Philadelphia’s Pop Art Legend, John Stango, has work currently on display at Morton Contemporary Gallery.
Shame on me for not getting around to interviewing John Stango this time out, but no matter. Since before the days of his Way Back Machine dance parties at 2nd & City in the early 1980s, Southwest Philadelphia painter John Stango has long been a paragon of Pop and a doyenne of cultural socio-cultural art.
How important to me is John Stango? I have four large scale Stangos hanging in my home, two of which he painted just for me.
From his epic mixed media “Madonna/Interview” (which I’m guessing Madonna owns, as she, like Swizz Beatz and Sly Stallone, collect Stango totems) to his Star-Spangled Banner (perfect for the upcoming holiday weekend) to his legendary “American Muscle Car” to the fact that he was silk screening Audrey Hepburn Breakfast at Tiffany’s imagery decades before IKEA… a Stango is a necessity, a unique dive into post-Warholian Pop culture.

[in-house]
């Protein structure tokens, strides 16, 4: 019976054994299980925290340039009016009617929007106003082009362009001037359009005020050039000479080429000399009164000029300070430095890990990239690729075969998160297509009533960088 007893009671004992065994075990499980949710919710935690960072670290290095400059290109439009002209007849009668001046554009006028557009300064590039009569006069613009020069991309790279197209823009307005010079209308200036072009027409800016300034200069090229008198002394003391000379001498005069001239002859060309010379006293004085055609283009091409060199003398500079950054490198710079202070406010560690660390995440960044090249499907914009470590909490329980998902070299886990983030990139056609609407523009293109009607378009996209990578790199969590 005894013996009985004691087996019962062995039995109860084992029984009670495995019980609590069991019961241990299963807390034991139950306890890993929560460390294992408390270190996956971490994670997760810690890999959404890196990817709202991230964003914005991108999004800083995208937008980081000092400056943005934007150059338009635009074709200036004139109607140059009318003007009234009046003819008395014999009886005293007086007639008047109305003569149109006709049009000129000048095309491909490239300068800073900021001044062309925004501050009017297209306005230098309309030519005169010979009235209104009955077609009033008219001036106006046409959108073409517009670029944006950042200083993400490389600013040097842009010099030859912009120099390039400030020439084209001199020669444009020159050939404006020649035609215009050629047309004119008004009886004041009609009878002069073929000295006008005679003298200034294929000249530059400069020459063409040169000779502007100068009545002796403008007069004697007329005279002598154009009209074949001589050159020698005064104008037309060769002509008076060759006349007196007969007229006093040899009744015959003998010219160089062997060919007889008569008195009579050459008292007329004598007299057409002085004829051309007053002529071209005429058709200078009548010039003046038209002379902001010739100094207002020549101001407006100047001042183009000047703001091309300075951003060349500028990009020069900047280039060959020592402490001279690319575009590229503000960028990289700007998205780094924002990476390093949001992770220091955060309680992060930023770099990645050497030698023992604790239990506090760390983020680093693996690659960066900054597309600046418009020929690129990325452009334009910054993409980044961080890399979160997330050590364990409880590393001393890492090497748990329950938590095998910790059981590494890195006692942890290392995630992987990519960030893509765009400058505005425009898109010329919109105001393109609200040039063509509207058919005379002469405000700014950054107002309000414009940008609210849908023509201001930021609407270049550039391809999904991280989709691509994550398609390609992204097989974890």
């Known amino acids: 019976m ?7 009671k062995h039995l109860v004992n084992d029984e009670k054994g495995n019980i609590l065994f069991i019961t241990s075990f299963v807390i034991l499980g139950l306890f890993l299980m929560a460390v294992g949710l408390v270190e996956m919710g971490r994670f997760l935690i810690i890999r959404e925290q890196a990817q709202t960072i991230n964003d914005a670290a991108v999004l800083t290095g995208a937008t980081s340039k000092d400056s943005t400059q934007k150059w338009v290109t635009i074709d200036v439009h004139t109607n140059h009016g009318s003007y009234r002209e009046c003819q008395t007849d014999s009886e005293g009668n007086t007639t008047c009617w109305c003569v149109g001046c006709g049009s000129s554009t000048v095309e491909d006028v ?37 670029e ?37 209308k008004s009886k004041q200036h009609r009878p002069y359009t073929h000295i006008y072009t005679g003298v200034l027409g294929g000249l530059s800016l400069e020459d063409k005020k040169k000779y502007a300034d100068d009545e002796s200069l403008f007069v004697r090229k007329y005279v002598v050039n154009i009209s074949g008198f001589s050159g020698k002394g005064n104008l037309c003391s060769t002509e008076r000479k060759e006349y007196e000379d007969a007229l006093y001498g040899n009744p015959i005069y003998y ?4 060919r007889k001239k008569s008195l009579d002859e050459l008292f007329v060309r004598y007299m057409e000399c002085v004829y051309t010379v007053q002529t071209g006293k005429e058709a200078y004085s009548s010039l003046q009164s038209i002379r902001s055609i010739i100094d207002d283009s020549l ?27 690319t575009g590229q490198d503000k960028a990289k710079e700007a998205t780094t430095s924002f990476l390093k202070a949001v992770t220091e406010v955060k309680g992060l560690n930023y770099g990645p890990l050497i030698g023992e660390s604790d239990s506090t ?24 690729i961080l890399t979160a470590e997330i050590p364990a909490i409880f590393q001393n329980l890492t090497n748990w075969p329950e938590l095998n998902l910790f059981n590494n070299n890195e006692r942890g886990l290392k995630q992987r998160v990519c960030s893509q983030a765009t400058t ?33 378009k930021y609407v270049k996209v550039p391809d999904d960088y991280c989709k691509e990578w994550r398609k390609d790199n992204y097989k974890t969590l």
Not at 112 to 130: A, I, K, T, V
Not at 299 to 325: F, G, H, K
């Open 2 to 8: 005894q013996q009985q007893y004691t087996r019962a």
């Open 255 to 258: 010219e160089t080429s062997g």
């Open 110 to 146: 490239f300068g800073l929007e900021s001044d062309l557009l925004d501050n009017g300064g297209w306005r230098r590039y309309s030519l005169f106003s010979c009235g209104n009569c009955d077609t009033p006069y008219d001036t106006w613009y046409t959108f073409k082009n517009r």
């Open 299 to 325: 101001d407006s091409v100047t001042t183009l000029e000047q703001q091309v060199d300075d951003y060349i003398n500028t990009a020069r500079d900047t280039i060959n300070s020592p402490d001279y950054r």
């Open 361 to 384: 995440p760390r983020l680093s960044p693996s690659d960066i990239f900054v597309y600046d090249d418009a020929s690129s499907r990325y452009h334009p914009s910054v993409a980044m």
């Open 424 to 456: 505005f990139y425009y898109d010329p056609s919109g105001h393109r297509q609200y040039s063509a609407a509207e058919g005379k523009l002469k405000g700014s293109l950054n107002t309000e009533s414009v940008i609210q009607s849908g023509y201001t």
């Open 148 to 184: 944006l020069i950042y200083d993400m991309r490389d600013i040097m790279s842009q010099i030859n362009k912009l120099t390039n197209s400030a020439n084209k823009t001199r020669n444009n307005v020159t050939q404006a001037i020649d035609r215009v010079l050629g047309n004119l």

Remembering John from Southwest Philly and his pre-Tyler School of Art days, I know that he’s long had Americana in his blood, having a mom as an artist (Frances Elaine Rockwell), the soul of graphic design in his heart and the head of an advertising exec as he was a visual merchandiser and display artist for Macy, Bloomingdales, and I think, Urban Outfitters way early on.
Currently, his work can be witnessed, and you really do need to see it close up, at Morton Contemporary Gallery on South 13th Street.
Anyone that is seeking something bold and audacious beyond fireworks and hot dogs this weekend would do well to see, and buy, a John Stango up-close.